Sales floor of Vintage Vogue store

The shop sells used clothing such as what you’d find at a regular Goodwill, plus accessories and a handful of home decor items, but it’s filtered to include only the more fashionable and high-quality items. As you can see, the store itself is designed like a boutique, in contrast to the bare-bones look of other Goodwill locations. The items are at a slightly higher price point than regular Goodwill, but that didn’t bother me, since I saved time by not having to sift through a lot of out-of-fashion or poor-quality items.

Sales floor of Vintage Vogue store

Following my thrift store shopping guidelines, I looked for a couple of specific items: versatile shirts I could wear to work and on the weekend, and black skinny pants. I found a White House Black Market shirt for $9 and black Forever 21 jeans for $7.50.

Photos of Julia in thrifted outfit

The top right photo is my “Yesssss I found what I wanted!” victory pose.

One concern that occurred to me as I shopped was whether this kind of store takes good items away from regular Goodwill stores. People who can’t afford the higher prices at Vintage Vogue should still have the opportunity to find high-quality items. My thought was that Goodwill’s donation volume is probably so high that pulling items for these stores wouldn’t make a huge difference in the overall selection. The Vintage Vogue website seems to confirm that assumption:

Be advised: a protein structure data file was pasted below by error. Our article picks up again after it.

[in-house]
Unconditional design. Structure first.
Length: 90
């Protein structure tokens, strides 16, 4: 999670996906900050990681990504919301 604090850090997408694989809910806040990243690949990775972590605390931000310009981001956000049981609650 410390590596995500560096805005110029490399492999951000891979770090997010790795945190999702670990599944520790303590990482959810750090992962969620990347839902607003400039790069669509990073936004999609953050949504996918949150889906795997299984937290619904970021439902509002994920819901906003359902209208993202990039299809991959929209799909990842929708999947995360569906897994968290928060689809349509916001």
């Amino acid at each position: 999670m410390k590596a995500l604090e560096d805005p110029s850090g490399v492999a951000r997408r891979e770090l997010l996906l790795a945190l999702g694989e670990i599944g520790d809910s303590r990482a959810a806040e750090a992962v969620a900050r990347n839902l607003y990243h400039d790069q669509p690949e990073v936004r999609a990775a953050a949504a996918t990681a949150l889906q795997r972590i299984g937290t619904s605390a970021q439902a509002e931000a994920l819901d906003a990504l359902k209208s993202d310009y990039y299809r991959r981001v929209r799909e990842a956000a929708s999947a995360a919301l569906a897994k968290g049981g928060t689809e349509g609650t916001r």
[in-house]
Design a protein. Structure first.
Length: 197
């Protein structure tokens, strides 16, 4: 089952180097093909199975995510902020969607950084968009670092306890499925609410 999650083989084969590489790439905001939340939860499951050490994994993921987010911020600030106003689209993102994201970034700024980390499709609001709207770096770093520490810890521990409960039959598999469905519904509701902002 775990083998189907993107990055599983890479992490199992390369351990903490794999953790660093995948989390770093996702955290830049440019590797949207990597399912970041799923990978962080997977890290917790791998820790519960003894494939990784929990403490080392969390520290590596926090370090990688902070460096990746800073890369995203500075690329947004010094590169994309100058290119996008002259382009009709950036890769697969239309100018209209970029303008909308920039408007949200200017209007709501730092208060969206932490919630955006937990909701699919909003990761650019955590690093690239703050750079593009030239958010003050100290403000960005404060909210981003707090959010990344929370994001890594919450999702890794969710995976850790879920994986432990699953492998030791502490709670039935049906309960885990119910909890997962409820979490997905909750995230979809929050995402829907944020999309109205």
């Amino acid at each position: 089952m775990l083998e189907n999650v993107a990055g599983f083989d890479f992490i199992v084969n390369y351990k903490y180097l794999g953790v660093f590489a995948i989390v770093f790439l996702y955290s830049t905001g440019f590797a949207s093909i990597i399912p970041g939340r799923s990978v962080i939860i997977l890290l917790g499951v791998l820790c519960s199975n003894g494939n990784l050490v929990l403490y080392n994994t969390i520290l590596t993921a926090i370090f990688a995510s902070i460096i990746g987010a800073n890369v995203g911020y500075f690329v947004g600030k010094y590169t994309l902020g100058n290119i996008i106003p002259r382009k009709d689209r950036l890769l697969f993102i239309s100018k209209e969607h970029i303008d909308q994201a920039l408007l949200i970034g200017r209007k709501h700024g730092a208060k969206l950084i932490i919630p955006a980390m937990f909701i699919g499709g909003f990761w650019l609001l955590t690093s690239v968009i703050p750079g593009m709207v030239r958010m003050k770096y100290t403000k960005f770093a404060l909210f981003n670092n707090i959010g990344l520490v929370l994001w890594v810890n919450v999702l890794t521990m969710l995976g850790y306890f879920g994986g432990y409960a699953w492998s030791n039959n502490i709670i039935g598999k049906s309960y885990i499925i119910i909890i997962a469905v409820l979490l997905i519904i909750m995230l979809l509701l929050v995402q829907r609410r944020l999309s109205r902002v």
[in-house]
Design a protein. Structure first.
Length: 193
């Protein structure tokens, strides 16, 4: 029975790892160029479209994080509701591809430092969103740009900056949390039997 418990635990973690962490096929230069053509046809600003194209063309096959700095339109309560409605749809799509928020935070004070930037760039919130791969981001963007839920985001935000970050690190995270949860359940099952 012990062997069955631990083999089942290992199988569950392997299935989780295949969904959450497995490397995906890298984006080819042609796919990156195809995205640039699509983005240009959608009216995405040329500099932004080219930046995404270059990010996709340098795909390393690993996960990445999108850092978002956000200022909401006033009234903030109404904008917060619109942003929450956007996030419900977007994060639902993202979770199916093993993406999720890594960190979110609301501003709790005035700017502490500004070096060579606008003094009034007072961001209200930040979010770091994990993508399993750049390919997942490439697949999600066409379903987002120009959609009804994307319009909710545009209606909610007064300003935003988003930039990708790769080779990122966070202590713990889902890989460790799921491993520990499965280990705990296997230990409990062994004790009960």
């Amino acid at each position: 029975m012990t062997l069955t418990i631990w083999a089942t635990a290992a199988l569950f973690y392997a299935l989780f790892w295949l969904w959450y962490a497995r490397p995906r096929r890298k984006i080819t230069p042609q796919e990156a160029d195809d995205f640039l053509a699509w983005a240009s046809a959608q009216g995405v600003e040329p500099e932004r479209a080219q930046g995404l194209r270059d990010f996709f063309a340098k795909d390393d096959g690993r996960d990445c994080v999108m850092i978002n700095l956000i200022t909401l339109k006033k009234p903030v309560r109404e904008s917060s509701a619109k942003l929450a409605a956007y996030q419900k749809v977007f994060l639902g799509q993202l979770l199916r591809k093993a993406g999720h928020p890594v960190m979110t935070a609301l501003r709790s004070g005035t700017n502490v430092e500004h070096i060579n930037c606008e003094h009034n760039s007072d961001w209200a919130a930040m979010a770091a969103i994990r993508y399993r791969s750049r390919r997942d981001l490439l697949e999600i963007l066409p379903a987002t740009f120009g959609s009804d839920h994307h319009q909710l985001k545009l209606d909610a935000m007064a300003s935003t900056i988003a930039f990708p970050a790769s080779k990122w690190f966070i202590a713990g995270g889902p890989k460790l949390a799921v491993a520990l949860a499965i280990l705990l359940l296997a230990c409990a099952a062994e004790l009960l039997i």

Vintage Vogue merchandise comes from select central Indiana Goodwill stores. These stores hand-pick a small portion of their upscale and vintage donations to send to Vintage Vogue. Special items and boutique merchandise can still be found at any of the more than 50 Goodwill locations in central Indiana.

It looks like Vintage Vogue is just a central Indiana concept right now, with this store in Indianapolis and another one in Bloomington. If you’re in the area and are looking for a gateway into shopping secondhand, I recommend checking it out!

Have you had any good thrift store finds lately? What are your favorite thrifting spots?

My Top 3 Thrift Shopping Tips